“role must be complementary to and not parallel to the work of the police, the PPS and the court”

The House of Commons Northern Ireland Affairs Committee has published its report on the draft protocols for Community Restorative Justice schemes – BBC report here. Full Committee report here [pdf file] Adds NIO Criminal Justice Minister David Hanson is “considering their findings very carefully, and will announce the way forward soon.”The report includes minutes of evidence sessions and the draft protocols. But here are the conclusions and recommendations [added emphasis throughout]

Conclusions and recommendations

1. The requirement in the draft Protocol for CRJ schemes to refer offences directly to the PSNI is critical to building public confidence in the work of the schemes and the wider criminal justice system in Northern Ireland. We welcome the Minister’s commitment to ensuring that the requirement for cooperation with the police is non negotiable and will be fully enforced. While we recognise that a political resolution to the issue of policing has not yet been achieved, we are disappointed that CRJ Ireland has decided not to formalise its relationship with the police by signing up to the draft Protocol, particularly since it expressed to us in public session an unambiguous wish to cooperate more fully with the police. Securing and sustaining confidence in CRJ schemes requires them to communicate fully and directly with the PSNI. (Paragraph 44)

2. The draft Protocol proposes that the advisory panel may be established so that the suitability of cases can be discussed in detail. We received evidence from the Public Prosecution Service, the PSNI and others that this would introduce an additional layer to an already complex referrals process. We recognise the importance of the work that the advisory panel would do, but are persuaded by this evidence, because we believe that inordinate delay would mitigate the effectiveness of the schemes. However, we believe that there should be a formal consultative process involving the police. (Paragraph 48)

3. We heard strong evidence that the Public Prosecution Service requires discretion when weighing the individual circumstances of each case referred to it, and that having a definition would impede this. We also acknowledge that in coming to a decision on any particular instance, the prosecutor would necessarily have to take into account not merely the crime itself but the record of the perpetrator. We welcome the Minister’s assurance that the non-criminal aspects of CRJ schemes, which make up the majority of their workloads, will be subject to proper inspection by the Chief Inspector of Criminal Justice. (Paragraph 54)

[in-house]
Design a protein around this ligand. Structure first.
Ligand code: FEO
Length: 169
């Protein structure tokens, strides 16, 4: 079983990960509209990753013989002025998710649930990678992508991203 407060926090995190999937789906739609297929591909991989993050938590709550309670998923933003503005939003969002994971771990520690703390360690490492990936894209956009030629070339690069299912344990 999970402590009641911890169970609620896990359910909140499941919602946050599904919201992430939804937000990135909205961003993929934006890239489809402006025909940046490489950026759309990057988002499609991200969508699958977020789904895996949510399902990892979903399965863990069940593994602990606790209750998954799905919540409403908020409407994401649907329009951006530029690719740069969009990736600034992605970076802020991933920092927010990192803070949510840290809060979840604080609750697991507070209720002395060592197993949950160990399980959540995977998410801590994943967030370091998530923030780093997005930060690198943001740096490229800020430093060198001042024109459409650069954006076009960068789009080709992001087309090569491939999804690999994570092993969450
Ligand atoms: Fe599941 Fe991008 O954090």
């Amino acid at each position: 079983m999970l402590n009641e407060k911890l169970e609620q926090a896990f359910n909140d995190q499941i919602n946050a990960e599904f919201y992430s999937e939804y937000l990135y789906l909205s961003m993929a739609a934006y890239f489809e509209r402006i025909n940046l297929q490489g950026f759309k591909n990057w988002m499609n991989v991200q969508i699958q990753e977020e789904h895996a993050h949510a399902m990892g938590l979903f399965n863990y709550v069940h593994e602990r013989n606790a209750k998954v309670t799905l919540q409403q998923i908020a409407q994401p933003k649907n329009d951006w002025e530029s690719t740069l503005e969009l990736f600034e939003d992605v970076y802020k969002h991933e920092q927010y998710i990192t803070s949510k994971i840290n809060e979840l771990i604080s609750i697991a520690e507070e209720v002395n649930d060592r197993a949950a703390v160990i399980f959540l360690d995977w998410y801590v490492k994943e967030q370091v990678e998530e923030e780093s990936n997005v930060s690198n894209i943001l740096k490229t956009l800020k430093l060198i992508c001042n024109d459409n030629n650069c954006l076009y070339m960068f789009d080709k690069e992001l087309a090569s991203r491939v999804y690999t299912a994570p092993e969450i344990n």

4. If the Protocol is to have the desired effect, it is essential that the Government monitor its workings very closely, conducting regular periodic reviews (at least once a year) of the type of offences that are being dealt with by CRJ schemes. (Paragraph 55)

5. We recognise the extremely valuable work being carried out by CRJ schemes in local communities in Northern Ireland and the cost-effectiveness of that work. We regret that the debate on the schemes’ work and their funding has become so heavily politicised. NIA has demonstrated its commitment to engaging with the police and has been successfully, although inadvertently, granted funding by the Department of Social Development (DSD). We recommend that the Government provide gap funding to those schemes that would qualify under the draft Protocol and that involve the PSNI. We believe that public funding should be made available for all restorative justice schemes which meet the standards of the draft Protocol through a dedicated DSD budget line, and not through seemingly haphazard allocations of different DSD budgets. (Paragraph 62)

6. We note that those schemes that sign up to the draft Protocol will receive formal recognition from the Government which will help them to obtain Government funding, but also funding from charities and businesses. Until the draft Protocol is finalised, we call on the Government to provide support and encouragement to schemes to seek out funding from other sources. (Paragraph 63)

7. Both our witnesses from the schemes and also the Chief Constable pointed out that those living in parts of Northern Ireland not covered by the schemes were at something of a disadvantage. The general impression that we received from those whom we met was that depoliticised schemes should cover the whole of Northern Ireland. This is a judgment with which we concur. (Paragraph 64)

8. It is vital that the independent external complaints mechanism commands widespread support and confidence. The evidence we received reveals concerns about the independence of the Probation Board given their role within the management committees of Northern Ireland Alternatives and the fact that they could potentially fund CRJ schemes in the future. We urge the Government to acknowledge these misgivings and ensure that any committee of the Probation Board asked to tackle this task be reinforced with representatives from the wider community and the voluntary sector. (Paragraph 67)

9. Like the Chief Constable, we recognise that there can be constructive opportunities within these schemes for individuals with previous criminal convictions to serve their communities, but there has to be a sensitive mechanism to ensure that those who have repudiated their past have indeed done so. Ensuring that CRJ schemes are staffed by suitable individuals with no current paramilitary connections and or involvement in paramilitary organisations is crucial to building confidence in the schemes and to removing suspicion that they are a front for paramilitary organisations. We were told that the POCVA framework will be used by schemes to determine whether a person has previous criminal convictions or been charged with an offence. We believe that this framework, backed up by the Suitability Panel, could be an appropriate and suitably rigorous means of determining suitability so long as the panel is able to take fully into account intelligence received from the police and the local community. (Paragraph 74)

10. Many witnesses expressed deep concern about the potential for the various processes of the draft Protocol to create delay in the delivery of justice to those engaged in CRJ